Wade Roush has been covering technology and science for almost 25 years. BostInno readers may recognize Roush from his time serving as staff editor at Xconomy (2007–2014). He’s also written a lot for print magazines, notably Scientific American, MIT Technology Review, and Science. In 2014–15, Roush was acting director of MIT’s Knight Science Journalism fellowship program and the producer of the ScienceWriters2015 conference. He recently edited Twelve Tomorrows, a science fiction anthology published by the MIT Press, and recently finished another book for MIT Press, due out spring 2020. Roush’s latest career move piqued our interest as he’s plunged into the world of audio storytelling. He’s the founder and host of Soonish, a podcast examining how technology and science innovation is guided by thousands of big and small choices made by individuals. Soonish is a part of Hub & Spoke, a collective of independent, idea-driven podcasts, of which Roush is also a cofounder.
Enjoy our pre-podcast interview with Roush below. You can listen to our BSU podcast discussion with Roush on any of your favorite audio platforms (Spotify, Apple Podcasts, Stitcher, SoundCloud). Enjoy.
You grew up in Michigan. Where exactly? Charlotte. A rural town south of Lansing.
How would you sum up your childhood? Small idyllic town, big dreams.
You’ve lived in Boston and San Francisco. How are they different? Boston runs on ideas. San Francisco (and I include Silicon Valley) runs on money.
What led you to Boston? I got into Harvard College.
What do you love most about Boston? The endless supply of people excited about ideas, but in a modest way, without the overlay of pathological hustle.
What or who inspired you to pursue a career in journalism? I caught the journalism virus at my college newspaper, the Harvard Independent.
What about technology and science most excites you? Science is a way of asking better questions and getting less wrong answers over time. Technology is the way we use those answers to transform our environment for the better. If we stick to it, the combination can power us to the stars.
What about technology and science most concerns you? That the gains from technology will end up concentrated in too few hands, and that we might backslide as a civilization and forget how to do science with the required honesty and commitment.
What inspired you to take an entrepreneurial plunge into audio storytelling? Listening to shows like 99% Invisible, and feeling that maybe I could also tell stories that would be that fun, immersive, and insightful — and that if I didn’t try, I’d regret it.
What’s the goal of Soonish? Every story I tell on the show is meant to remind listeners that technology is not a mysterious or autonomous force but a human endeavor in which they have a real part. The show’s motto (which you can now get on our coffee mug!) is, “The future is shaped by technology, but technology is shaped by us.”
What’s the mission of Hub & Spoke? Hub & Spoke is a collective of like-minded indie podcasters making thoughtful, story-driven, non-fiction shows with an intellectual or humanistic bent. Our goal is to grow the audiences for each of the shows through cross-promotion, and to help each other reach a point where our shows are more sustainable and we can all spend less time at our day jobs!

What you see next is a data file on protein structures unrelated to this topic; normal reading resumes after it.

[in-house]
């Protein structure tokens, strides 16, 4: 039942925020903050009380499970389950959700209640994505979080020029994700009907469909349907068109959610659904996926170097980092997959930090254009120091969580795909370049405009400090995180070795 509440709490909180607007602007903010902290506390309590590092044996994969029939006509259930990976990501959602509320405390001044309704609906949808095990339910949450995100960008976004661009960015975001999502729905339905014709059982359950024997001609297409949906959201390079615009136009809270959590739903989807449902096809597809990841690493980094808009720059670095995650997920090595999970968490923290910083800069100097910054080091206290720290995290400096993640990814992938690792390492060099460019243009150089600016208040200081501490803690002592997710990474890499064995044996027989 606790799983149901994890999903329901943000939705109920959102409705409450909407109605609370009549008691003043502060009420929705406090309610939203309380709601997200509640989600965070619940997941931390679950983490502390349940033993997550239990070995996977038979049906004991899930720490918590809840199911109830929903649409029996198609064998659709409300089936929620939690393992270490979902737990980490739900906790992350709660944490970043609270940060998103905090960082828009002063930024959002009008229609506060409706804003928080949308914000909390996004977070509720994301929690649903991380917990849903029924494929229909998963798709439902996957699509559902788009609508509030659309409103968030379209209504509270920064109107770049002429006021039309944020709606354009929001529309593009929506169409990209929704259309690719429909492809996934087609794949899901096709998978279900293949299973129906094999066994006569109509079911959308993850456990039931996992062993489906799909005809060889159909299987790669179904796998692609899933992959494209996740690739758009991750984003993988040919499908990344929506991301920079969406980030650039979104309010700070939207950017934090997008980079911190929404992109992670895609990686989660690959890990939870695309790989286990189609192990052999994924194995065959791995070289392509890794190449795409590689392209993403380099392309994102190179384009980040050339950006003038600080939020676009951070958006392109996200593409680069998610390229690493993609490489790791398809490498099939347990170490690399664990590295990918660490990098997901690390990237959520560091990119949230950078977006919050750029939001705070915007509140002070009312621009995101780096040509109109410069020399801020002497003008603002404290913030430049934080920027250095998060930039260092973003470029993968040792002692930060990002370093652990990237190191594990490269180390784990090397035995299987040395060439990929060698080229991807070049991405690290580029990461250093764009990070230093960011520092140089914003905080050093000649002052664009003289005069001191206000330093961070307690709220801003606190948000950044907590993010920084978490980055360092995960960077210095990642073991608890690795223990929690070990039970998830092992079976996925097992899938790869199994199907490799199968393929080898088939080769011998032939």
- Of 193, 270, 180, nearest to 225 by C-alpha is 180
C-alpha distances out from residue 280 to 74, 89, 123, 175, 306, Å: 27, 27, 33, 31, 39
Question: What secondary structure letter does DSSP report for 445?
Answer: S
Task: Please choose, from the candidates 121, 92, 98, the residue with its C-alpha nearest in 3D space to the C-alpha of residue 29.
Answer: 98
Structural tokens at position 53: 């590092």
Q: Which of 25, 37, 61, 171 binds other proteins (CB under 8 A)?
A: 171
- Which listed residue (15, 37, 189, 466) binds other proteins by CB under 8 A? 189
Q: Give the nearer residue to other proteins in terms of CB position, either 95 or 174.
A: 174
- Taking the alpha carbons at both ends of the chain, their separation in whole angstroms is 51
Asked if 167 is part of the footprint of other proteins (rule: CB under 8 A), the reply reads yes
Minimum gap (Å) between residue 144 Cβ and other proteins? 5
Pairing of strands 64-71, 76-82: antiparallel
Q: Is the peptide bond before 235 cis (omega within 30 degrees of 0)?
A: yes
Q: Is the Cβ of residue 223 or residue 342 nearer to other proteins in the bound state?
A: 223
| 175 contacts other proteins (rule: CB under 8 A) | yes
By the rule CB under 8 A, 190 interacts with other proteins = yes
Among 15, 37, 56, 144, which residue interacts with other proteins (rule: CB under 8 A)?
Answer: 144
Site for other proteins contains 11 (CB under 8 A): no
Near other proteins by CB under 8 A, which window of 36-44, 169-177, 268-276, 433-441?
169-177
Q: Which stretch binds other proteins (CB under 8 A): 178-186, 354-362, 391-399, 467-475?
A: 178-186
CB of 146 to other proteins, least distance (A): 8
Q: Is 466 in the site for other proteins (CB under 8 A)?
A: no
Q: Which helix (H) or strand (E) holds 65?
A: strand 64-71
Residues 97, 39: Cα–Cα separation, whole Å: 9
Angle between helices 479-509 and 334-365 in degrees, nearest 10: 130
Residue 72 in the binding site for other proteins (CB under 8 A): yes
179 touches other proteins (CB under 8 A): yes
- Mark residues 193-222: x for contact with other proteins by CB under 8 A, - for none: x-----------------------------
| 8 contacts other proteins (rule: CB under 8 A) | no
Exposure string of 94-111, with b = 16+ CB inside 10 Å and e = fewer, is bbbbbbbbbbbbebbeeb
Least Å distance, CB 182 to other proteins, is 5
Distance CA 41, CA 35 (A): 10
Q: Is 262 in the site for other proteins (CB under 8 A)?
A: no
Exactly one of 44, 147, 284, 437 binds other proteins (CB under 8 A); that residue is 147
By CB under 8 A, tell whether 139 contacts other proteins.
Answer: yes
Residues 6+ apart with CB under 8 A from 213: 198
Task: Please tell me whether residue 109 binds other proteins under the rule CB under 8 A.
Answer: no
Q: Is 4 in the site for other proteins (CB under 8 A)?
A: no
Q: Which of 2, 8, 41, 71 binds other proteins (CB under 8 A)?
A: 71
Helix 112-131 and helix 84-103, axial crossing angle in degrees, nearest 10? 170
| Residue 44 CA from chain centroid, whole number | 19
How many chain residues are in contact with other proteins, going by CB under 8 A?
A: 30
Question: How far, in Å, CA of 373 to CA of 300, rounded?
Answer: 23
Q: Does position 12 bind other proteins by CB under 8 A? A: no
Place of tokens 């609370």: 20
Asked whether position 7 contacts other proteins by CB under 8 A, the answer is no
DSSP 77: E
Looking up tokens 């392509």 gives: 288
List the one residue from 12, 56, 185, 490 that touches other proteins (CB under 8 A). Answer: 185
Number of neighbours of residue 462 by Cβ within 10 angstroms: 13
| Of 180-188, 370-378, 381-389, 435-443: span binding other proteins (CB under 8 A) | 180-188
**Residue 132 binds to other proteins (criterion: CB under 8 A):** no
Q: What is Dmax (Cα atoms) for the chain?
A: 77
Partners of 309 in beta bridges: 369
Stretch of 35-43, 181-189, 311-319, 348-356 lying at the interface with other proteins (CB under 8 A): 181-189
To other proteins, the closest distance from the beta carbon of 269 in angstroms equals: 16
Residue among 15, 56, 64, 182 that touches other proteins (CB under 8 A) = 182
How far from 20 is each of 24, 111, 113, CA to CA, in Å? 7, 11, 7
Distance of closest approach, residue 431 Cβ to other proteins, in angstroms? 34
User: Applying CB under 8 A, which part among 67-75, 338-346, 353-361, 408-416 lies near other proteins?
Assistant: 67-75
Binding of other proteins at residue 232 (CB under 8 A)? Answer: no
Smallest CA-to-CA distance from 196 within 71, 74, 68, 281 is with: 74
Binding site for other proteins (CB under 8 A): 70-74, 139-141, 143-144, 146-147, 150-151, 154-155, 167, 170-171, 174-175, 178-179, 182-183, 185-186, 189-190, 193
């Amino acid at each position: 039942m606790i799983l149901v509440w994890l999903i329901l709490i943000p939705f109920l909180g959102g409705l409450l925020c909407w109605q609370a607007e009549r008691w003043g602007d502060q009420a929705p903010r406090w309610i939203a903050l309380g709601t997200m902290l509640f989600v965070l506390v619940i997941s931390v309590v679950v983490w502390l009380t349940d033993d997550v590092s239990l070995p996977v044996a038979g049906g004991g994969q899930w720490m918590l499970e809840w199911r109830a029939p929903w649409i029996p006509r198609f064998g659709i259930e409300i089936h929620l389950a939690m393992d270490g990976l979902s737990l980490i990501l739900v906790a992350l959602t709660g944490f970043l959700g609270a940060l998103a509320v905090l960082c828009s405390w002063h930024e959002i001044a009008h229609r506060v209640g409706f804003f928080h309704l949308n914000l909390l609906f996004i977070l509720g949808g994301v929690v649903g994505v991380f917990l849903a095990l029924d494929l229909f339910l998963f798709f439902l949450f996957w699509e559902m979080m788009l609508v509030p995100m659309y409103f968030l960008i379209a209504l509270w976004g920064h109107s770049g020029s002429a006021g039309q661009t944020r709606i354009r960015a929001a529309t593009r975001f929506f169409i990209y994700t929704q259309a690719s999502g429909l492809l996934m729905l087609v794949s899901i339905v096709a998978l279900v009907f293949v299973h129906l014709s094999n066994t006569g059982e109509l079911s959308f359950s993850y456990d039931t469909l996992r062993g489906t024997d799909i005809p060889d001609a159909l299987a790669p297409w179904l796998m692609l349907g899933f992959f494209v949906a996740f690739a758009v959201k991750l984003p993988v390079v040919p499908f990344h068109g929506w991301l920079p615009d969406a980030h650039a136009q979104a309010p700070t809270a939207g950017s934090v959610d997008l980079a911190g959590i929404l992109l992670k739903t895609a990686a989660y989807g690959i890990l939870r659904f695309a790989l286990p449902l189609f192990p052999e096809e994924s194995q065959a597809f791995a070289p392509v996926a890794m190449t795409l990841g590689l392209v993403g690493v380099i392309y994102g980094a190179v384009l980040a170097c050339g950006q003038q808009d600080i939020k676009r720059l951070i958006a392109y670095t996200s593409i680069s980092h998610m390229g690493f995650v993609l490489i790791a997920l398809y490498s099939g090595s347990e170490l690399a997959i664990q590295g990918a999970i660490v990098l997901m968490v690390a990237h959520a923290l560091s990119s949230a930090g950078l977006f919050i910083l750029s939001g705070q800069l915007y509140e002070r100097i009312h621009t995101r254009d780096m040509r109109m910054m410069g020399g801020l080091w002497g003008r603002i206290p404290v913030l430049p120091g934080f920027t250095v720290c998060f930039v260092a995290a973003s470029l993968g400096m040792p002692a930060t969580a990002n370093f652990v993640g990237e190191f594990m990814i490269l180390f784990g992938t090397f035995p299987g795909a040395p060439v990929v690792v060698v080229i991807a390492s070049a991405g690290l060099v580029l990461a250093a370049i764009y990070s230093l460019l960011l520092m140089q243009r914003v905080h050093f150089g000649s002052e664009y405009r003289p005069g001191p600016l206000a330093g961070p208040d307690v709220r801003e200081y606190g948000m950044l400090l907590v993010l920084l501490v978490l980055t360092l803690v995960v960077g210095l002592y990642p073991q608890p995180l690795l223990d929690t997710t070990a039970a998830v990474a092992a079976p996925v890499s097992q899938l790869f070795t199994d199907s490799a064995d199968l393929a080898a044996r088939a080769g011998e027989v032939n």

What category of innovation most interests you right now? I’m fascinated by what’s going on in machine learning, but our most urgent need (and the innovation I’d most like to see) is affordable carbon-capture-and-sequestration technology to start taking CO2 out of the atmosphere. No one should feel off the hook about reducing carbon emissions, but that’s not going to be enough to stave off catastrophic impacts.
What’s a current challenge you’re facing either in life or at work? It’s that unease you feel when your creative work doesn’t pay, and your paying work doesn’t feel as creative as you’d like. I’m thankful to have more than enough freelance writing and consulting work to pay the rent. But ideally I’d like to spend a lot more of my time on my podcast — there just isn’t a perfect business model to support that yet. But I’m working on it.
What is your biggest passion in life outside science, technology and entrepreneurship? Well, in my work, my passion is communicating about science and technology and helping people feel more equipped to make good decisions about them in their own lives. But I don’t think that’s what you were asking. Outside of that, I’m all about the art of appreciation — -trying to slow down enough to enjoy the world around me (travel, art, dogs, books, being outdoors, family) and to always be learning.
Outside of Boston, which city would you most likely call home? San Francisco. I hate that it’s all about money, but it’s still the most bewitching city on Earth.
What problem facing the world would you most like to see solved? Obviously global warming and climate disruption (see the answer above about carbon capture), but also the growing pains from the astonishingly rapid gains in connectivity, health, and prosperity over the last 150 years. It’s all one big interconnected problem. In this century we need to figure out how to deal with all of the negative externalities of the first and second industrial revolutions, how to extend the gains equally to everyone, and how to adapt constructively to our newfound digital connectivity. If we can do all that, I feel like our future is very bright.
What initiative do you want more people to pay attention to? Getting Trump out of office one way or another, so that we can get on with the business of saving the planet and saving the economy, which are the same thing.
You can follow Roush on Twitter — @wroush.